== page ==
Having been enormously preoccupied with software development work over the last few weeks, I was forced to sacrifice my own writing, but certain important recent developments are overdue for mention. While I was deeply immersed in the intricacies of PHP and CSS, my small webzine marked its first major media success. As many readers may... Read More
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Last week I was invited to speak at the annual conference of the Education Writers Association, with the topic of my panel being the perspective of Asian-Americans on Affirmative Action policies in college admissions. Despite having the only white face among the four presenters, I believe my analysis made a useful contribution. A couple of... Read More
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Although my own academic background is in theoretical physics, I’m the first to admit that field seems in the doldrums these days compared with human evolutionary biology. The greatest physics discoveries of the last couple of years---the Higgs Boson and strong evidence for Cosmological Inflation---merely confirm the well-established beliefs that physicists have had since before... Read More
Last week I noted in a column that the California Republicans in the Education Committee of the State Senate had joined an 8-to-0 vote to repeal Proposition 227 and restore Spanish-almost-only “bilingual education” in our schools. The academic performance of over a million immigrant student had doubled in the four years following the implementation of... Read More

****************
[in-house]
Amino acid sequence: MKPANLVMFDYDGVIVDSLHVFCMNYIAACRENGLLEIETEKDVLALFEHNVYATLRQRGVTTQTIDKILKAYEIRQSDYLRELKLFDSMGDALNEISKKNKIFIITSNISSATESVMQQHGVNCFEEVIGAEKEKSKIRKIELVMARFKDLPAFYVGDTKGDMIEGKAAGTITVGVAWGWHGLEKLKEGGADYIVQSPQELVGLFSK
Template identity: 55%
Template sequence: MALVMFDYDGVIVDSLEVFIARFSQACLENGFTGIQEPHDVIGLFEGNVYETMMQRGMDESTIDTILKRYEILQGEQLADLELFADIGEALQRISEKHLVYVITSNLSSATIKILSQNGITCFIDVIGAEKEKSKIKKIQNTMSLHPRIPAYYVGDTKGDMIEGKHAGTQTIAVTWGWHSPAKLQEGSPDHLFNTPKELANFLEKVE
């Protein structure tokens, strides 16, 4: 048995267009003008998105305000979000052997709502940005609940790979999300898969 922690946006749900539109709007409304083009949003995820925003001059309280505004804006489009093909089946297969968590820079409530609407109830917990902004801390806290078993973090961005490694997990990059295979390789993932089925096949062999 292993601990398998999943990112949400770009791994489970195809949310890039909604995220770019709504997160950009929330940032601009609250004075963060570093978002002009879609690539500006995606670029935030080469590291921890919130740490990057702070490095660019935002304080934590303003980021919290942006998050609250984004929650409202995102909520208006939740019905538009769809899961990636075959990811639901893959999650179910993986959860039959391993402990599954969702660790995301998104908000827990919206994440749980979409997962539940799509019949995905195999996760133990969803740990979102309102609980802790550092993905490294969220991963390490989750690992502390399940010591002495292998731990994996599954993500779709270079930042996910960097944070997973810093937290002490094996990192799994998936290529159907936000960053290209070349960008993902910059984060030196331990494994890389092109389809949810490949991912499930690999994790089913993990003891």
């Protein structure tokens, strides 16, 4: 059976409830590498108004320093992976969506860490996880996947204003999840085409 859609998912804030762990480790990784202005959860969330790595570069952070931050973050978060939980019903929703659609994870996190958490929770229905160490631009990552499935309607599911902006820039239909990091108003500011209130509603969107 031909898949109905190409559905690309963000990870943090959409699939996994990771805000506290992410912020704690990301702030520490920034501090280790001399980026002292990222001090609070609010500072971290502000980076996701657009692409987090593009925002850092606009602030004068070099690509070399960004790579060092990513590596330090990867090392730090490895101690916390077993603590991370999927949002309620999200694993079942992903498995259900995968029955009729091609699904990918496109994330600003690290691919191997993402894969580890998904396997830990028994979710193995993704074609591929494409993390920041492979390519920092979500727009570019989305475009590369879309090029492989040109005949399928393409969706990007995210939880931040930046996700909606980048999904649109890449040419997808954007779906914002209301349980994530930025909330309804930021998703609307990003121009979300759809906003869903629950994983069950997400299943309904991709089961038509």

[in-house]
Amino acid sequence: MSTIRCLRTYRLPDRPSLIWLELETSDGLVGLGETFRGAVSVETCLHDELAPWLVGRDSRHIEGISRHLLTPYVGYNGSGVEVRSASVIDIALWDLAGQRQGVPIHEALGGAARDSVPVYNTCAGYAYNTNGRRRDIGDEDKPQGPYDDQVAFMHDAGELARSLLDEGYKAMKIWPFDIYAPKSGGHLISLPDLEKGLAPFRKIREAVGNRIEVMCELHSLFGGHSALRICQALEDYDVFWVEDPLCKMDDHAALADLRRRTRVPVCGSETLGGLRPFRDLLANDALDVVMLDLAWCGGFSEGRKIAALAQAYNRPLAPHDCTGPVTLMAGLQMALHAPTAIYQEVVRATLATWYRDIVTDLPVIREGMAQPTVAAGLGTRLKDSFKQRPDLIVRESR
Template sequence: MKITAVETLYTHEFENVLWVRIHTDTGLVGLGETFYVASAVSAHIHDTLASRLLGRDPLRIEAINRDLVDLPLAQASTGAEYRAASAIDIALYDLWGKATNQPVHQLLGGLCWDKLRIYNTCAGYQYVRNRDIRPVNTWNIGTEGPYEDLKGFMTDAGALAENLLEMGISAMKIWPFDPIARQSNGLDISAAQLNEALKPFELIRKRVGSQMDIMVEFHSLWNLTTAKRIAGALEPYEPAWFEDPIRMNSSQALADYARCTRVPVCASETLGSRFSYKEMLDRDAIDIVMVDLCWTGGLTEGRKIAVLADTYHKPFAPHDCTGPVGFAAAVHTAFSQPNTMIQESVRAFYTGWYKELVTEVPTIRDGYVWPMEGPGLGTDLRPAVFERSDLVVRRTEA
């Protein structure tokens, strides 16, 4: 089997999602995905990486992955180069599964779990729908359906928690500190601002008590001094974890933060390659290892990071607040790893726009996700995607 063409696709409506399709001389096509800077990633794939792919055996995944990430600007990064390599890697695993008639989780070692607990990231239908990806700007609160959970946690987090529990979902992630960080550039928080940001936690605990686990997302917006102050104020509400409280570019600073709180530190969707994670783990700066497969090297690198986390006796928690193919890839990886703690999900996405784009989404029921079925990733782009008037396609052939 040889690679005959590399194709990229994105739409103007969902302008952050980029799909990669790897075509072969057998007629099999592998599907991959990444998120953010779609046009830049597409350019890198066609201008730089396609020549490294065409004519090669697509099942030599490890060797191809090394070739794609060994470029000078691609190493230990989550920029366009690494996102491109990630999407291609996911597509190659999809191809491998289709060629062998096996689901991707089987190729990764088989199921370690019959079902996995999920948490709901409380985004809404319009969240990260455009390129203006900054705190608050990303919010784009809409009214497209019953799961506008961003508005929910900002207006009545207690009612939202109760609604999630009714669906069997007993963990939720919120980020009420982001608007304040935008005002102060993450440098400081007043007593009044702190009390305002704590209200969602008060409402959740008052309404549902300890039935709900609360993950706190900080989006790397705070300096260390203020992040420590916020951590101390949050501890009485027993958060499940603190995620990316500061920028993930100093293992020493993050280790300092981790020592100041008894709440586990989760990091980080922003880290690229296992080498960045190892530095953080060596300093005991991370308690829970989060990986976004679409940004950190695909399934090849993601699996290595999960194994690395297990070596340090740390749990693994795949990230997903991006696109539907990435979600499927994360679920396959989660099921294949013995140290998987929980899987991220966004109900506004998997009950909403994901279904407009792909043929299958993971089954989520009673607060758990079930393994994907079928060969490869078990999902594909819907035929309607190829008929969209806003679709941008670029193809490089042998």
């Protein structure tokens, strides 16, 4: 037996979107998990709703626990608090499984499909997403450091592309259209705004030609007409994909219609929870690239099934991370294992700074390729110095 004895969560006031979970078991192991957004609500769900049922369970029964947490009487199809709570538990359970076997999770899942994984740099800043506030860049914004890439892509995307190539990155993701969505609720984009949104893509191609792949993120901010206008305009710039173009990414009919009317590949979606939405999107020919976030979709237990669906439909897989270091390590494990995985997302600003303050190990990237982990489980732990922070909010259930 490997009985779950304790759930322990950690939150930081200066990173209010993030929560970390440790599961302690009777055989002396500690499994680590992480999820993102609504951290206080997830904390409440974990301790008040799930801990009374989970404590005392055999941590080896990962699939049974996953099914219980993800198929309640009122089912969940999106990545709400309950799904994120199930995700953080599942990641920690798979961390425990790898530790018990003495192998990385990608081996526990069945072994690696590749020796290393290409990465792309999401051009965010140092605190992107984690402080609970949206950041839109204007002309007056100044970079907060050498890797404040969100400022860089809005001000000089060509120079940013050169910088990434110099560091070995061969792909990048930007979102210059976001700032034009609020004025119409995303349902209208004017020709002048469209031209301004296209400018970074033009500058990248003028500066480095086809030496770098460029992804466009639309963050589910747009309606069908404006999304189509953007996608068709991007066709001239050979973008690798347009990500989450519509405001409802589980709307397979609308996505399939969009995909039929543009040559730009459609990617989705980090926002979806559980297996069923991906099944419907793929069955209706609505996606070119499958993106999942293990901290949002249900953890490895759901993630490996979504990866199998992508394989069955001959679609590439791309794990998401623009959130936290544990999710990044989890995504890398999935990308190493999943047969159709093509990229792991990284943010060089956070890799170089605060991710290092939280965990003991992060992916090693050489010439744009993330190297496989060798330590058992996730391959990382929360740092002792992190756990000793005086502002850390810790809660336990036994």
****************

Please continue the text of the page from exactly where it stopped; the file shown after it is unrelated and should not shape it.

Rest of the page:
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The unspoken statistical reality of urban crime over the last quarter century.
The noted science fiction writer Philip K. Dick once declared that “Reality is what continues to exist whether you believe in it or not.” Such an observation should be kept in mind when we consider some of the touchier aspects of American society. Recall the notorious case of Daniel Patrick Moynihan, whose 1965 report on... Read More
Last year I published Race, IQ, and Wealth, presenting the overwhelming evidence that group IQs were far more malleable and shaped by social influences than is widely acknowledged in many quarters. The result was a lengthy and ferocious Internet debate, including an overwhelmingly negative and even hostile response to my suggestions, mostly by bloggers who... Read More
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Congress is currently considering bipartisan legislation providing an amnesty for America’s 11 million illegal immigrants, probably combined with extra visas for skilled workers and an agricultural guestworker program. But principled liberals and conservatives should both demand that any immigration reform proposal also include a sharp rise in the federal minimum wage. The reason is simple.... Read More